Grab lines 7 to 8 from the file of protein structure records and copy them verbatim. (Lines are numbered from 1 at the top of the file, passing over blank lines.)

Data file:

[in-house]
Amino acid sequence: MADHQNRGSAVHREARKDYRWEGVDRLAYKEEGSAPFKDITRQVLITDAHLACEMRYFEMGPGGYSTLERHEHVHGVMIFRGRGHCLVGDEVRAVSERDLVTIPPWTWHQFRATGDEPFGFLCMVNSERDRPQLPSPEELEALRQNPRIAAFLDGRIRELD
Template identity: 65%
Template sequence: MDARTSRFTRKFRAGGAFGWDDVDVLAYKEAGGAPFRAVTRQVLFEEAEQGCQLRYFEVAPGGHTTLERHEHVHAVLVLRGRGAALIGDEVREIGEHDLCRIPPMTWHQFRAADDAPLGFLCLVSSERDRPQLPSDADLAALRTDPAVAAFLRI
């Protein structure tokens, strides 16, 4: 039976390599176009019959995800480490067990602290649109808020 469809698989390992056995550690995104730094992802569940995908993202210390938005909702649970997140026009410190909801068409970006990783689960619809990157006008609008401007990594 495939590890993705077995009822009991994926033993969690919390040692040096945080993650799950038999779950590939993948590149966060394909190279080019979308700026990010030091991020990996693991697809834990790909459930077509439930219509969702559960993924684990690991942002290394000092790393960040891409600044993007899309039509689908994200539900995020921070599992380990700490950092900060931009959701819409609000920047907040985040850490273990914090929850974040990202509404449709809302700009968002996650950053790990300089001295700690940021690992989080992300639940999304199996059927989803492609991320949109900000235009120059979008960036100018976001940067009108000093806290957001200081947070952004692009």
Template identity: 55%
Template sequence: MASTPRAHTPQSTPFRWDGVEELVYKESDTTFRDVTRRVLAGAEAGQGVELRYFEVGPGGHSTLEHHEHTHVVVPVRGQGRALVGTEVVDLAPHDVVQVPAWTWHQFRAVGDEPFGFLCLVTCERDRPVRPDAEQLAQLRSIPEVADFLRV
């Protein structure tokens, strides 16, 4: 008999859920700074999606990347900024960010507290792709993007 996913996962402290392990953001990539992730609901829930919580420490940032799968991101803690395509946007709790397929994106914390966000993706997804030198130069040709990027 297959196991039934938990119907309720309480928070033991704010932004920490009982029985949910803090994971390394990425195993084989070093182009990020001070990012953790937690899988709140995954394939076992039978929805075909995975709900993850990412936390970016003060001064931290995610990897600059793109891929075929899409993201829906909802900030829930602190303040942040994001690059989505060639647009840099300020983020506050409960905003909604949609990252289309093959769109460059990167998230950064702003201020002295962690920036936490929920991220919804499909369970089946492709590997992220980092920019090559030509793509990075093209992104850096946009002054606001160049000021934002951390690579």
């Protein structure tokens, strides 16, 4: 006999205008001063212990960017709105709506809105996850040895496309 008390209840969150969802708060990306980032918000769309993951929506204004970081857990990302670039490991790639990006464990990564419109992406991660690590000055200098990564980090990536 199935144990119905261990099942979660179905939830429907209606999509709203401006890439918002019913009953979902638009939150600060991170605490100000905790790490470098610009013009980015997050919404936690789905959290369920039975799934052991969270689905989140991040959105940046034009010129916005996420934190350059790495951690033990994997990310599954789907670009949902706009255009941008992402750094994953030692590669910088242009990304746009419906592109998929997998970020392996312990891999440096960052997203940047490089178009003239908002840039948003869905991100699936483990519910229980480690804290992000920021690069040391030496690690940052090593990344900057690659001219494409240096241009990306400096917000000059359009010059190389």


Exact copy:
Template sequence: MASTPRAHTPQSTPFRWDGVEELVYKESDTTFRDVTRRVLAGAEAGQGVELRYFEVGPGGHSTLEHHEHTHVVVPVRGQGRALVGTEVVDLAPHDVVQVPAWTWHQFRAVGDEPFGFLCLVTCERDRPVRPDAEQLAQLRSIPEVADFLRV
């Protein structure tokens, strides 16, 4: 008999859920700074999606990347900024960010507290792709993007 996913996962402290392990953001990539992730609901829930919580420490940032799968991101803690395509946007709790397929994106914390966000993706997804030198130069040709990027 297959196991039934938990119907309720309480928070033991704010932004920490009982029985949910803090994971390394990425195993084989070093182009990020001070990012953790937690899988709140995954394939076992039978929805075909995975709900993850990412936390970016003060001064931290995610990897600059793109891929075929899409993201829906909802900030829930602190303040942040994001690059989505060639647009840099300020983020506050409960905003909604949609990252289309093959769109460059990167998230950064702003201020002295962690920036936490929920991220919804499909369970089946492709590997992220980092920019090559030509793509990075093209992104850096946009002054606001160049000021934002951390690579």